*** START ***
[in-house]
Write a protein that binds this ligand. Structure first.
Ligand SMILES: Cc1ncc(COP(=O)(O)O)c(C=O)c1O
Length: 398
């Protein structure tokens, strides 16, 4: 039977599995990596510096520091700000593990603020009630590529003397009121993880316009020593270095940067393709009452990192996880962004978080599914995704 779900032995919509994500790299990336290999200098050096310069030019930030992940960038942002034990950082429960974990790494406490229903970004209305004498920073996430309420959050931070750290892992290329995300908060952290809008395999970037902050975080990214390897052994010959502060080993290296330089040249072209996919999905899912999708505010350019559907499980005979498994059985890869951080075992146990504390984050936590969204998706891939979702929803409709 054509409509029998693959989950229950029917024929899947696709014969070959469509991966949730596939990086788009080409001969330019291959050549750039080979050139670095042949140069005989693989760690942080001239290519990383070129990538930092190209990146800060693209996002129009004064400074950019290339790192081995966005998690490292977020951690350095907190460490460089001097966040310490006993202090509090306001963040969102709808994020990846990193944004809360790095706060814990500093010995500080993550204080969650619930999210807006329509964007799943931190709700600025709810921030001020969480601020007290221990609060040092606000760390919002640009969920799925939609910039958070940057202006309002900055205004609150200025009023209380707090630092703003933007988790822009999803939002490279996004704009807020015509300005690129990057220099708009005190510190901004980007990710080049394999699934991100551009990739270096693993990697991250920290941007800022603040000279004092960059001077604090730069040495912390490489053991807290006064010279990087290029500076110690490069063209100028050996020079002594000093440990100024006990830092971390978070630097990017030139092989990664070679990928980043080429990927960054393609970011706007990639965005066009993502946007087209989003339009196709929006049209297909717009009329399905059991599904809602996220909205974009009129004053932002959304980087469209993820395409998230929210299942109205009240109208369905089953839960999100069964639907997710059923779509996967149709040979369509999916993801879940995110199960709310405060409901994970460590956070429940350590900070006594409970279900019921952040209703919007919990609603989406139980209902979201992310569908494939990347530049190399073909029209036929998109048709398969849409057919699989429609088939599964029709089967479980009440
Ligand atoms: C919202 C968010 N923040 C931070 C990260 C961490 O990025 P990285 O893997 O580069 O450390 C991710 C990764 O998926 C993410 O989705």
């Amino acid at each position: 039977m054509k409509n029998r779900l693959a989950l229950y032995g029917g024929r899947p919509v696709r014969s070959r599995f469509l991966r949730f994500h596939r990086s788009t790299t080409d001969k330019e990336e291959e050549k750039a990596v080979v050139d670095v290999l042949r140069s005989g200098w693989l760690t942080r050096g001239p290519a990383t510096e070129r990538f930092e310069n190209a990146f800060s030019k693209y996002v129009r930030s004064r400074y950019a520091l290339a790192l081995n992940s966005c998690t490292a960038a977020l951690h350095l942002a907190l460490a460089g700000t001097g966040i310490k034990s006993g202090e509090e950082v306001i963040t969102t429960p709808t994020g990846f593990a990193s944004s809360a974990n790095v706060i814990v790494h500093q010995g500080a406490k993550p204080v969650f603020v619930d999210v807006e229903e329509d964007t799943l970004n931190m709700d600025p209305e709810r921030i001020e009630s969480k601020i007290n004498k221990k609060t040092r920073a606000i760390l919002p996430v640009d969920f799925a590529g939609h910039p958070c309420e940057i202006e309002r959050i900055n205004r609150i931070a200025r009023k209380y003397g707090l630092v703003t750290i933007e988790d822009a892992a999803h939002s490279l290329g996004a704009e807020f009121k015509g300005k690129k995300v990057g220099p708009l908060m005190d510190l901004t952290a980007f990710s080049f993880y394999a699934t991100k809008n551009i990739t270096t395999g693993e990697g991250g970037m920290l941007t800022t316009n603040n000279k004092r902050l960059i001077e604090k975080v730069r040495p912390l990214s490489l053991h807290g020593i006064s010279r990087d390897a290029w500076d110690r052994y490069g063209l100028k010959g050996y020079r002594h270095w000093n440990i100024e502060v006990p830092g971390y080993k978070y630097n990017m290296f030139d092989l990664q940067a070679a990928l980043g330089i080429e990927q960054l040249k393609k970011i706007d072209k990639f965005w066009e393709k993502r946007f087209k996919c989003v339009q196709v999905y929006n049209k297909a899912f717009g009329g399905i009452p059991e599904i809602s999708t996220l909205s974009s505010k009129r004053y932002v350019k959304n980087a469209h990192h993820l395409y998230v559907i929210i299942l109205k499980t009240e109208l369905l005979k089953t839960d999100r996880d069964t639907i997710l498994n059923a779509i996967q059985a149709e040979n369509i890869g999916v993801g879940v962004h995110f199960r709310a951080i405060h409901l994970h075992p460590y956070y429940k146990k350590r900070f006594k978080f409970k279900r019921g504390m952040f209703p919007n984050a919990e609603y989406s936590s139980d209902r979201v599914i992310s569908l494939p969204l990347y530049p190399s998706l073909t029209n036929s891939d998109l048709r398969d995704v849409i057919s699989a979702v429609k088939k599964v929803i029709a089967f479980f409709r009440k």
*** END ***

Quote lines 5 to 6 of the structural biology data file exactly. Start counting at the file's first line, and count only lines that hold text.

């Protein structure tokens, strides 16, 4: 039977599995990596510096520091700000593990603020009630590529003397009121993880316009020593270095940067393709009452990192996880962004978080599914995704 779900032995919509994500790299990336290999200098050096310069030019930030992940960038942002034990950082429960974990790494406490229903970004209305004498920073996430309420959050931070750290892992290329995300908060952290809008395999970037902050975080990214390897052994010959502060080993290296330089040249072209996919999905899912999708505010350019559907499980005979498994059985890869951080075992146990504390984050936590969204998706891939979702929803409709 054509409509029998693959989950229950029917024929899947696709014969070959469509991966949730596939990086788009080409001969330019291959050549750039080979050139670095042949140069005989693989760690942080001239290519990383070129990538930092190209990146800060693209996002129009004064400074950019290339790192081995966005998690490292977020951690350095907190460490460089001097966040310490006993202090509090306001963040969102709808994020990846990193944004809360790095706060814990500093010995500080993550204080969650619930999210807006329509964007799943931190709700600025709810921030001020969480601020007290221990609060040092606000760390919002640009969920799925939609910039958070940057202006309002900055205004609150200025009023209380707090630092703003933007988790822009999803939002490279996004704009807020015509300005690129990057220099708009005190510190901004980007990710080049394999699934991100551009990739270096693993990697991250920290941007800022603040000279004092960059001077604090730069040495912390490489053991807290006064010279990087290029500076110690490069063209100028050996020079002594000093440990100024006990830092971390978070630097990017030139092989990664070679990928980043080429990927960054393609970011706007990639965005066009993502946007087209989003339009196709929006049209297909717009009329399905059991599904809602996220909205974009009129004053932002959304980087469209993820395409998230929210299942109205009240109208369905089953839960999100069964639907997710059923779509996967149709040979369509999916993801879940995110199960709310405060409901994970460590956070429940350590900070006594409970279900019921952040209703919007919990609603989406139980209902979201992310569908494939990347530049190399073909029209036929998109048709398969849409057919699989429609088939599964029709089967479980009440
Ligand atoms: C919202 C968010 N923040 C931070 C990260 C961490 O990025 P990285 O893997 O580069 O450390 C991710 C990764 O998926 C993410 O989705």